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A Gentle Reminder: Drink Chianti Classico
By Mary Ewing-Mulligan
Mar 14, 2017
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Castello di Gabbiano, Chianti Classico (Italy) Riserva 2013 (TWE Imports, $75):  Every time I taste Chianti Classico, I wonder why I don’t drink it more often.  I love Chianti Classico’s dryness (unfortunately, an increasingly uncommon characteristic in red wines), its typical aromas and flavors of red fruits, its nervy tannin structure and its terroir-driven range of expressions.  More often than not, I marvel at the affordable price.  Is there a greater value among the world’s classic red wines?

Last year, Chianti Classico celebrated its 300th anniversary as a wine zone.  Sales are strong, having risen steadily since the global recession had its impact in 2009.  Almost 80 percent of Chianti Classico wines are exported, and the U. S. is their largest market.  And yet, I don’t hear wine lovers talking about Chianti Classico as much as they discuss the wines of Piedmont or Mt. Etna, for example.  Consider this column a gentle reminder that Chianti Classico is a great wine from a dynamic wine region.

Recently I gathered a few Chianti Classico Riserva samples for a blind tasting.  Although the wines were mainly or exclusively from Sangiovese grapes, they showed a range of styles that demonstrates the diversity of terroirs within the zone -- an area that boasts more than 17,000 acres of vines spread over 170,000 acres of hilly, convoluted landscape.  Relatively light, vibrant wines are typical in some areas, for example, while rich, fairly soft wines are the norm for other areas.

Castello di Gabbiano Chianti Classico Riserva 2013 is a wine in the lighter camp.  It hails from the commune of San Casciano Val di Pesa, to the southwest of Florence, a northerly and relatively cool area.  Freshness of fruit expression is a key attribute of this wine. Aromas and flavors suggest vibrant red cherry and strawberry, with notes of tobacco, dry earth and spice.  In your mouth the wine is fresh and lively with high acidity and measured, firm tannins that highlight but do not overwhelm the fruit.  Within its trim scale, the wine shows good concentration of fruit and the purity of that fruit is impressive.  “Some people could say that this wine is too light,” my fellow taster remarked, but we agreed that careful tasting reveals depth, balance, delicacy and similar virtues that belie the wine’s weight.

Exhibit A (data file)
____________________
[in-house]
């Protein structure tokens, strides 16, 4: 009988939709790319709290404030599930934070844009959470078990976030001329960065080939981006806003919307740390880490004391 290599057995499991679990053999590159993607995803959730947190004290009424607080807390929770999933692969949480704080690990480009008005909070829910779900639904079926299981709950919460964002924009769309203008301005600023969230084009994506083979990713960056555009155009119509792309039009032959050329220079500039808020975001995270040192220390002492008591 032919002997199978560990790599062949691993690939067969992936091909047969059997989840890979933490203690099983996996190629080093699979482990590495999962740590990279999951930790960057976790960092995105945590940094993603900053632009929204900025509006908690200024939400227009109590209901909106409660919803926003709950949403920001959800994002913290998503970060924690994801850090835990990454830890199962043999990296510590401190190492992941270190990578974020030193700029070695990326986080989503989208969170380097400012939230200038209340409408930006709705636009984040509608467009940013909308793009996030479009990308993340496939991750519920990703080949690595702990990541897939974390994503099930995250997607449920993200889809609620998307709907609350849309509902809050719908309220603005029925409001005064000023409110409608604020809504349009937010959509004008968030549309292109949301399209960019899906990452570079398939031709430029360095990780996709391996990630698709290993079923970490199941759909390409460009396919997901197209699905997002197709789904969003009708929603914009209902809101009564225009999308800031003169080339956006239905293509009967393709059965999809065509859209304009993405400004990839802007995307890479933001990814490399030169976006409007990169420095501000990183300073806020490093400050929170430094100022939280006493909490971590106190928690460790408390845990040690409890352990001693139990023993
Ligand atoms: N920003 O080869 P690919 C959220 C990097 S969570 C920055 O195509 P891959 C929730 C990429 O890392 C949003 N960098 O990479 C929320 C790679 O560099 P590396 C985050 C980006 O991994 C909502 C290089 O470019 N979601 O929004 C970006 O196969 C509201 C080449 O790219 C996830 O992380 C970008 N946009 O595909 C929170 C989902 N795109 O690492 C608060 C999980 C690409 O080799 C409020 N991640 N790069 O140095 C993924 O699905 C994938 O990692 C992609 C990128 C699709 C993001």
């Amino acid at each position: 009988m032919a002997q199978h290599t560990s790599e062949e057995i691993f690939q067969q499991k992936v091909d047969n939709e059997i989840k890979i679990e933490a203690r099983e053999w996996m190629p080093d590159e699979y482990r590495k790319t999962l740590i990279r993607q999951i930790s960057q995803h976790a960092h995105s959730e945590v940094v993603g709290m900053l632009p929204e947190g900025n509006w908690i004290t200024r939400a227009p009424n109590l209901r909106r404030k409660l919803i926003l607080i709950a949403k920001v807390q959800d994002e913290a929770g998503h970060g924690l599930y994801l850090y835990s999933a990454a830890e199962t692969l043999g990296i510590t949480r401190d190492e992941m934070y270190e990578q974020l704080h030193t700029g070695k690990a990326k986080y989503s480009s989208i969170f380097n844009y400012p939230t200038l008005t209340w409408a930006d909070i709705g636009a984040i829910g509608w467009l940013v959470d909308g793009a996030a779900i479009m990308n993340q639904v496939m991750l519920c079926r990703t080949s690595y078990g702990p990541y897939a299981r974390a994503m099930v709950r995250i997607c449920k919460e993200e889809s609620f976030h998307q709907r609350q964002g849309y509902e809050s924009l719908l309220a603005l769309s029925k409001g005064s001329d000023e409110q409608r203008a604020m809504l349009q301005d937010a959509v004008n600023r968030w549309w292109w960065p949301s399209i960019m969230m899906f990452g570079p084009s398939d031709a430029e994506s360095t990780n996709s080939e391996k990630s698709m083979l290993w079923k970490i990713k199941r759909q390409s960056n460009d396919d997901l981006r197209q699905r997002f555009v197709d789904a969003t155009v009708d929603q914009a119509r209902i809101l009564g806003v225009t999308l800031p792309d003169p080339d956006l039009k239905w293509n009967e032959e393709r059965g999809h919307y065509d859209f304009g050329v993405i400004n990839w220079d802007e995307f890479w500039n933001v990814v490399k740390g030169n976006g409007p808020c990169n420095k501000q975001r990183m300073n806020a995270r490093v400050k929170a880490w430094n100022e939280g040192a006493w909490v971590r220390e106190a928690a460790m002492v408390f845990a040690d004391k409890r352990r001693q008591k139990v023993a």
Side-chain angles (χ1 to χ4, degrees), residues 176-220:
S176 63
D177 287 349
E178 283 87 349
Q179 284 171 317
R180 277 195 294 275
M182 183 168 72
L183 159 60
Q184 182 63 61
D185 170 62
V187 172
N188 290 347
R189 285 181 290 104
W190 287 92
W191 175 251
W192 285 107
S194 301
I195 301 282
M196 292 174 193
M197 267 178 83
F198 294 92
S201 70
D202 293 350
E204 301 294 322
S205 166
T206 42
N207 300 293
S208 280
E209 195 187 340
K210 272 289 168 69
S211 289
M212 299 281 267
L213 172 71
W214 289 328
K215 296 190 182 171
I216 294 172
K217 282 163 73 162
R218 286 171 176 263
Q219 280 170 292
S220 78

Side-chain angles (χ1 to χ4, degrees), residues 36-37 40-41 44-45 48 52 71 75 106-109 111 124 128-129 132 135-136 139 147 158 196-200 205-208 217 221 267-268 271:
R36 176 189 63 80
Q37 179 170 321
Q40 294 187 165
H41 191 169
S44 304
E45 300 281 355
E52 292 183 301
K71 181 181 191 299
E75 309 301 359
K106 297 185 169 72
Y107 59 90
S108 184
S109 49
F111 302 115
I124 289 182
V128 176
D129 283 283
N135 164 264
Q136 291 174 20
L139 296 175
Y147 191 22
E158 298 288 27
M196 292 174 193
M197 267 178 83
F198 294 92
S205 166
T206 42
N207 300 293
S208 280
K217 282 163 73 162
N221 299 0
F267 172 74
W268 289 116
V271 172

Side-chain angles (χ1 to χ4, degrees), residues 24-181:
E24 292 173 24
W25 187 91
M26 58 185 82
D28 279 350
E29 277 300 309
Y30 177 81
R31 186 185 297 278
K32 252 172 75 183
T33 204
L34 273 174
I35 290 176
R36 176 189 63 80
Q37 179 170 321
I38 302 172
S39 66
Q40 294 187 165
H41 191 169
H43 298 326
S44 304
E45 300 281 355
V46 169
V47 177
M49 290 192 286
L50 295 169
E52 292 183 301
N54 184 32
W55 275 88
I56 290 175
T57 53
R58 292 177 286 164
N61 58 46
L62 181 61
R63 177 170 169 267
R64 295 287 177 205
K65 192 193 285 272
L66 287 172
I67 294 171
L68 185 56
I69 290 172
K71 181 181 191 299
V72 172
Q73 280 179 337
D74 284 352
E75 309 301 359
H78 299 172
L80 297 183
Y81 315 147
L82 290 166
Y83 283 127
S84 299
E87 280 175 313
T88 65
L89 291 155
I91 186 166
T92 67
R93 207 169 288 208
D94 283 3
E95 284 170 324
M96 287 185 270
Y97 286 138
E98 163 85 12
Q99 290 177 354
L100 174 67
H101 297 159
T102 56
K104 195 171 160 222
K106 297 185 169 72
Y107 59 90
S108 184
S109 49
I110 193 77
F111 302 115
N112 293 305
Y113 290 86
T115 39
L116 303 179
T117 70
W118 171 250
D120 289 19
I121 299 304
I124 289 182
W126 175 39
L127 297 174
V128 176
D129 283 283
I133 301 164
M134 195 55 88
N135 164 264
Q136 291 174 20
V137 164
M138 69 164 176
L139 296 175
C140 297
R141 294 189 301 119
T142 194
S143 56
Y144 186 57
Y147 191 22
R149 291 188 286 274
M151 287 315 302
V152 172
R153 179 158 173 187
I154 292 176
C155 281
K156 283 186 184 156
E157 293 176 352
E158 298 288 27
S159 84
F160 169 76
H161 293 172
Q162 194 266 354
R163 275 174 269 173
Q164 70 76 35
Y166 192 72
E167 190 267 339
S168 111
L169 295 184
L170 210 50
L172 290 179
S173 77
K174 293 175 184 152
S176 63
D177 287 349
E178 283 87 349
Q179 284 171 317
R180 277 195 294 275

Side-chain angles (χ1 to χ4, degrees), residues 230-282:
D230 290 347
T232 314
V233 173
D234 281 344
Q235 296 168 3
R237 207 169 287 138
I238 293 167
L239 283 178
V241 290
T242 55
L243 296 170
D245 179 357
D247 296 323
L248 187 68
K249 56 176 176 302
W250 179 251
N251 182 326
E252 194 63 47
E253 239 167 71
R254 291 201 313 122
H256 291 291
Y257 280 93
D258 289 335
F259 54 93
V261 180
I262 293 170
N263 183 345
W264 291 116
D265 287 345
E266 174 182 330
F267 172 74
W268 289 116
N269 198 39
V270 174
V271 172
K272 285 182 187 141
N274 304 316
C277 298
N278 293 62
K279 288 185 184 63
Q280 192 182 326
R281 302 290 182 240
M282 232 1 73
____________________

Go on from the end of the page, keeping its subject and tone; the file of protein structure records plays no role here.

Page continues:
One characteristic that you will not find in this wine is the toastiness of oak.  After the vinification of grapes from individual plots on the Gabbiano estate and subsequent blending to form the final wine, the wine aged in large French oak casks (15 to 30 hectoliters/ 400-800 gallons) and in barriques, with only 20 percent of the oak being new.

For me, this wine was a pleasant surprise compared to my memory of richer, less delineated Gabbiano Chianti Classico wines from 15 to 20 years ago.

Another wine worth mentioning falls into the richer end of Chianti Classico expression.  Tenuta di Arceno 2010 Chianti Classico Riserva from the Strada al Sasso vineyard ($35) is a full-bodied, soft Chianti Classico that expresses the ripeness of the very good 2010 vintage as well as the estate’s location in Castelnuovo Berardegna, the southernmost and warmest commune of the zone.  This wine does not sacrifice complexity and nuance, however.  The aromas suggest dark plum with floral accents and a bit of smokiness, while flavors include cherry, chocolate, caramel and spice, with piney high notes.  Together with these complex aromas and flavors is a structure of well-integrated tannin, shaping a wine of weight and presence.  True to Chianti Classico, the wine finishes with a dry, earthy note mingling with the ripe fruit. 

An awareness of the diversity of terroir within Chianti Classico enables you to appreciate the typicity of each of these two, very different wines.  Both wines can handle aging; the 2013 will drink best now and over the next ten years, in my opinion, while the 2010 is best now and over the next six years -- depending on your storage and your taste preferences.  I give each wine the same score.

91 Points